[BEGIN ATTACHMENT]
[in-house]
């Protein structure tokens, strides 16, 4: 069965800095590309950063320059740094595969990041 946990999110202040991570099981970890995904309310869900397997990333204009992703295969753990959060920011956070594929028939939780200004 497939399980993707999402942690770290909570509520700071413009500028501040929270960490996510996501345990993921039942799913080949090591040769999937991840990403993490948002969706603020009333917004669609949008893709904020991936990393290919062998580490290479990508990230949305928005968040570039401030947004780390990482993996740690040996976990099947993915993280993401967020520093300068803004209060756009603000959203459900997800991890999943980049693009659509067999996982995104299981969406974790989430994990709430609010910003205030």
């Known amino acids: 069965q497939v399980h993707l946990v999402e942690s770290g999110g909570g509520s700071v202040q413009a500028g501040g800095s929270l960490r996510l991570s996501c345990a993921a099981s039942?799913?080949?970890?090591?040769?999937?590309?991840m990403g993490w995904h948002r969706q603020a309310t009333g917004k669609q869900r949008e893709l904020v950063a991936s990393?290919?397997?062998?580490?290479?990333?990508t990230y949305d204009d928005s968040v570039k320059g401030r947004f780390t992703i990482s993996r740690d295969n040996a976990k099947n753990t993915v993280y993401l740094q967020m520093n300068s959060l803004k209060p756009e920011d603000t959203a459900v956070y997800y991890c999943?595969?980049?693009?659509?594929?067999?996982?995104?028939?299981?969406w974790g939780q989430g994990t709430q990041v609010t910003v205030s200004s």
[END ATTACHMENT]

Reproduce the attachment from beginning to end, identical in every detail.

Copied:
[in-house]
């Protein structure tokens, strides 16, 4: 069965800095590309950063320059740094595969990041 946990999110202040991570099981970890995904309310869900397997990333204009992703295969753990959060920011956070594929028939939780200004 497939399980993707999402942690770290909570509520700071413009500028501040929270960490996510996501345990993921039942799913080949090591040769999937991840990403993490948002969706603020009333917004669609949008893709904020991936990393290919062998580490290479990508990230949305928005968040570039401030947004780390990482993996740690040996976990099947993915993280993401967020520093300068803004209060756009603000959203459900997800991890999943980049693009659509067999996982995104299981969406974790989430994990709430609010910003205030």
């Known amino acids: 069965q497939v399980h993707l946990v999402e942690s770290g999110g909570g509520s700071v202040q413009a500028g501040g800095s929270l960490r996510l991570s996501c345990a993921a099981s039942?799913?080949?970890?090591?040769?999937?590309?991840m990403g993490w995904h948002r969706q603020a309310t009333g917004k669609q869900r949008e893709l904020v950063a991936s990393?290919?397997?062998?580490?290479?990333?990508t990230y949305d204009d928005s968040v570039k320059g401030r947004f780390t992703i990482s993996r740690d295969n040996a976990k099947n753990t993915v993280y993401l740094q967020m520093n300068s959060l803004k209060p756009e920011d603000t959203a459900v956070y997800y991890c999943?595969?980049?693009?659509?594929?067999?996982?995104?028939?299981?969406w974790g939780q989430g994990t709430q990041v609010t910003v205030s200004s």